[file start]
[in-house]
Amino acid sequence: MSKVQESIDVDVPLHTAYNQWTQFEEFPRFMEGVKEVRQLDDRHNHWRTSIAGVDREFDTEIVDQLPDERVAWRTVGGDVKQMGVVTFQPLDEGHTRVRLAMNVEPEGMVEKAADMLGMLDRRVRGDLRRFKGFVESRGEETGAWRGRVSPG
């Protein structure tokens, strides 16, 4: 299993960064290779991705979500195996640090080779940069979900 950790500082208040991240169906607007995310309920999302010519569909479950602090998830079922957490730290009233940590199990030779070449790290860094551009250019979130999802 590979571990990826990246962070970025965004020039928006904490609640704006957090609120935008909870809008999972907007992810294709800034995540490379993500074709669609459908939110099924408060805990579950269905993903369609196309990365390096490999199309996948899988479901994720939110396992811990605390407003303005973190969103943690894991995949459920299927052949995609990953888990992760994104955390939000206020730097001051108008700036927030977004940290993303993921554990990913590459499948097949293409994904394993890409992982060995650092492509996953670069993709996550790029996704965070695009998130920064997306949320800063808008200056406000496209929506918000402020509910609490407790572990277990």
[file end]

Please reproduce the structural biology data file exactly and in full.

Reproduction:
[in-house]
Amino acid sequence: MSKVQESIDVDVPLHTAYNQWTQFEEFPRFMEGVKEVRQLDDRHNHWRTSIAGVDREFDTEIVDQLPDERVAWRTVGGDVKQMGVVTFQPLDEGHTRVRLAMNVEPEGMVEKAADMLGMLDRRVRGDLRRFKGFVESRGEETGAWRGRVSPG
């Protein structure tokens, strides 16, 4: 299993960064290779991705979500195996640090080779940069979900 950790500082208040991240169906607007995310309920999302010519569909479950602090998830079922957490730290009233940590199990030779070449790290860094551009250019979130999802 590979571990990826990246962070970025965004020039928006904490609640704006957090609120935008909870809008999972907007992810294709800034995540490379993500074709669609459908939110099924408060805990579950269905993903369609196309990365390096490999199309996948899988479901994720939110396992811990605390407003303005973190969103943690894991995949459920299927052949995609990953888990992760994104955390939000206020730097001051108008700036927030977004940290993303993921554990990913590459499948097949293409994904394993890409992982060995650092492509996953670069993709996550790029996704965070695009998130920064997306949320800063808008200056406000496209929506918000402020509910609490407790572990277990």